Skip to main content

All Access Subscription

Get unlimited access to our full publication and article library.

Get Access Now

Interested in Group Sales? Learn more

Contraceptive Technology Update



  • 3D Contraceptive Ring Technology Holds Promise for HIV Prevention

    The results of recent research suggest it is possible that women could have access to an intravaginal ring that can serve both as a contraceptive and as HIV prevention. The ring would be created through 3D printing technology. So far, it has been tested for safety in sheep, and it could be several years before clinical trials are underway.

  • Research Shows Need for Better Person-Centered Care

    Reproductive healthcare is moving toward a more holistic understanding of reproductive autonomy. It is no longer just about pregnancy intention. As a new study shows, a better goal is to provide a nondirective conversation about the patient’s desire to parent and to assess how important it is for them to prevent pregnancy.

  • LARC Initiative for Teens Leads to 36% Decrease in Pregnancy Rate

    A 2016 Kaiser Permanente Northern California initiative improved adolescent access to a long-acting reversible contraceptive through patient education resources, protocols, and insertion training for pediatric, family medicine, and gynecology providers.

  • Study: Family Planning Services Need Better Integration in Primary Care

    There is a growing need for primary care providers to integrate family planning services into their practices, particularly in rural areas and other places where there is no access to OB/GYNs and family planning centers.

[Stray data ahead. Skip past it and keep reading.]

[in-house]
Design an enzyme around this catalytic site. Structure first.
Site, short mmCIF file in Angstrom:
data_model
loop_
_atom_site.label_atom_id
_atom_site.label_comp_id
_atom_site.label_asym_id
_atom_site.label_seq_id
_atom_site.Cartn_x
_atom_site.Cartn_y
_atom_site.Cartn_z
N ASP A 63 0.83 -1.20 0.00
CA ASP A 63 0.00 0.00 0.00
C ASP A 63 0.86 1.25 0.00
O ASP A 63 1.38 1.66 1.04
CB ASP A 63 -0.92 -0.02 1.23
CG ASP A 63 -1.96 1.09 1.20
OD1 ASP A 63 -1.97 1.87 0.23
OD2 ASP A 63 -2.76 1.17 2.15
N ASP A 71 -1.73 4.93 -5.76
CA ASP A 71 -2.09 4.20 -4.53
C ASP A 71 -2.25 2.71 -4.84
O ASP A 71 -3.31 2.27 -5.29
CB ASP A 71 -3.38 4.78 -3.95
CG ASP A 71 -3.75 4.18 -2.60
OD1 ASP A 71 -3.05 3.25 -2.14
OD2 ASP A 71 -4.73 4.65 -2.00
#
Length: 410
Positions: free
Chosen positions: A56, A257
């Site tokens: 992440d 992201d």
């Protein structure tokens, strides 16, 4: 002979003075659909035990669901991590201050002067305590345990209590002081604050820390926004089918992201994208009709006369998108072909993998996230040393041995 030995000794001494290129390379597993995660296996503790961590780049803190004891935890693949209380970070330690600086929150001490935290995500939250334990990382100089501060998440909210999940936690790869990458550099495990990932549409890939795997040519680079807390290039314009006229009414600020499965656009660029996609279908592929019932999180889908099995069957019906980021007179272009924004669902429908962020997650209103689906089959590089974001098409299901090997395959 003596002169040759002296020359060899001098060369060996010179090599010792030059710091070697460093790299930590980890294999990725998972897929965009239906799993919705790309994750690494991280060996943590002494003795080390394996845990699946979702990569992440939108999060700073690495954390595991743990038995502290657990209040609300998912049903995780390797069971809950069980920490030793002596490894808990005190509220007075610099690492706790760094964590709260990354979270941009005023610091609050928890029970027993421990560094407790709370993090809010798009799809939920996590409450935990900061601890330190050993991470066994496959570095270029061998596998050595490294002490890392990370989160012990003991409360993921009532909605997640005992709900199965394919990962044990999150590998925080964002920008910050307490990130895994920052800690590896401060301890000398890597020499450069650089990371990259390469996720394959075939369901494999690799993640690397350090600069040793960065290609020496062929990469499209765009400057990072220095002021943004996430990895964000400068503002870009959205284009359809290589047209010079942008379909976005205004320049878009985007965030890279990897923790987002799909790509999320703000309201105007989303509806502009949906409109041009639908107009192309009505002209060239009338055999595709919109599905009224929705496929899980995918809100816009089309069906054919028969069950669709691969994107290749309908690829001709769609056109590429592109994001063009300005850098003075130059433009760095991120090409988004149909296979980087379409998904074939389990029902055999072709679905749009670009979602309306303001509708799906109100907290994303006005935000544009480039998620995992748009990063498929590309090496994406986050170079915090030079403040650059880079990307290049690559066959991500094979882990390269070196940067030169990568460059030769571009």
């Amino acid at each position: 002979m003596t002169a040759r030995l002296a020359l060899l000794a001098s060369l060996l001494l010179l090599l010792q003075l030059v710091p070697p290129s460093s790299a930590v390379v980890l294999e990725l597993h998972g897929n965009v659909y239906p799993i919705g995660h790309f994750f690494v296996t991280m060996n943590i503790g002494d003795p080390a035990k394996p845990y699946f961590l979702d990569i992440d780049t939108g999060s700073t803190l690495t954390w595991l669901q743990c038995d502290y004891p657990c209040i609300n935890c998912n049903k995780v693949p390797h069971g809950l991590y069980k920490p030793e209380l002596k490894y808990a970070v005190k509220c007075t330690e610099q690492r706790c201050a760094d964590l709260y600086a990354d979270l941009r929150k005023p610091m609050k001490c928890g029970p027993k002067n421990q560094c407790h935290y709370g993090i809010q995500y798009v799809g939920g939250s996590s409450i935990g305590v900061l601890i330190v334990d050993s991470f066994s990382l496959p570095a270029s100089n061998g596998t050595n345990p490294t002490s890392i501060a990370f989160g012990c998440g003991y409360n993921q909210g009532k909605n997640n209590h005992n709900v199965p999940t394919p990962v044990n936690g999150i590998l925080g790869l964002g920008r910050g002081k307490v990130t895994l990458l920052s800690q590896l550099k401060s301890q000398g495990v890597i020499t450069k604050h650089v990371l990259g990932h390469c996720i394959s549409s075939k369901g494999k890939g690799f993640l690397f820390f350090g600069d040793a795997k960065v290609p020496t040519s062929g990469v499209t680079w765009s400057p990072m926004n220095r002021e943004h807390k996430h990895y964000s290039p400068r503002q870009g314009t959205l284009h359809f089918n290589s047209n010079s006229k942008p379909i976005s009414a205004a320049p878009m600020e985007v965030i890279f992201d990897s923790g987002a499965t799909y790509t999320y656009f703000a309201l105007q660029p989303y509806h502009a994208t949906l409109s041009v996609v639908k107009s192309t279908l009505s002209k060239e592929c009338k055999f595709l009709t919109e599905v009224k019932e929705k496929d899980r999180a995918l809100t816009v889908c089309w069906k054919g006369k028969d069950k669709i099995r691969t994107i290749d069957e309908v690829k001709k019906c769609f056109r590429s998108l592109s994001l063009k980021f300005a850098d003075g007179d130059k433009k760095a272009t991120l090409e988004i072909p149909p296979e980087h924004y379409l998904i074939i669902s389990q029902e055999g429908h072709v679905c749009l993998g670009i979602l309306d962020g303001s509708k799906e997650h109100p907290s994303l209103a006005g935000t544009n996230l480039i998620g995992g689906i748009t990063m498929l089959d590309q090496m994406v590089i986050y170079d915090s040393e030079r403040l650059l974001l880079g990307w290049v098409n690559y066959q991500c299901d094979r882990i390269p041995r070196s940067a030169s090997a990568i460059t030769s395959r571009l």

• Alabama Sees Surge in Congenital Syphilis Cases and Issues Health Alert

    A decade ago, Alabama saw only a few annual cases of congenital syphilis. But now the cases are spiking to record levels, including 42 cases in 2022, and possibly even more in 2023. This alarming trend caused the Alabama Department of Public Health to issue a health alert network message to providers and the public on July 18.

  • Clinicians Appear to Under-Screen, Under-Treat Patients with STIs

    Insurance claims data from tens of millions of outpatient cases of patients seeking treatment for lower genitourinary tract symptoms revealed testing for sexually transmitted infections occurred in only 17.6% of all episodes.

  • STI Epidemic Continues to Escalate in United States, CDC Data Show

    Syphilis rates surged in 2021, increasing by nearly one-third, and gonorrhea rates and chlamydia rates increased by close to 4%, according to the latest data on sexually transmitted infections.

  • Patients Desire Telemedicine for Abortion Care

    New research confirms previous studies in demonstrating the safety and efficacy of medication abortion pills. Studies also show there is strong desire for this option among people seeking an end to their pregnancy.

  • It May Be Ethical for Providers to Refuse to Comply with Abortion Laws

    What should providers do when state law conflicts with their ethical duty to preserve the health and life of a patient? Each provider and healthcare organization has been left to interpret their states’ laws with little guidance and precedence. Some hospitals are sued for not providing care when a pregnant patient’s life was in danger. In other cases, physicians are required to visit their employer’s legal office for permission to save patients’ health and lives. The authors of a new paper defend physician noncompliance with anti-abortion legislation, arguing physicians’ obligations to comply with the law are defeated when the law is illegitimate.

  • Study Finds Increased Risk of Depression with Use of Oral Contraceptives

    A population-based cohort study with data for more than 260,000 women revealed oral contraception use can increase the risk of depression, particularly during the first two years of its use. For adolescents, its use can increase later-in-life risk of depression, as well. Investigators said their results were consistent with a causal relationship between oral contraceptive use and depression.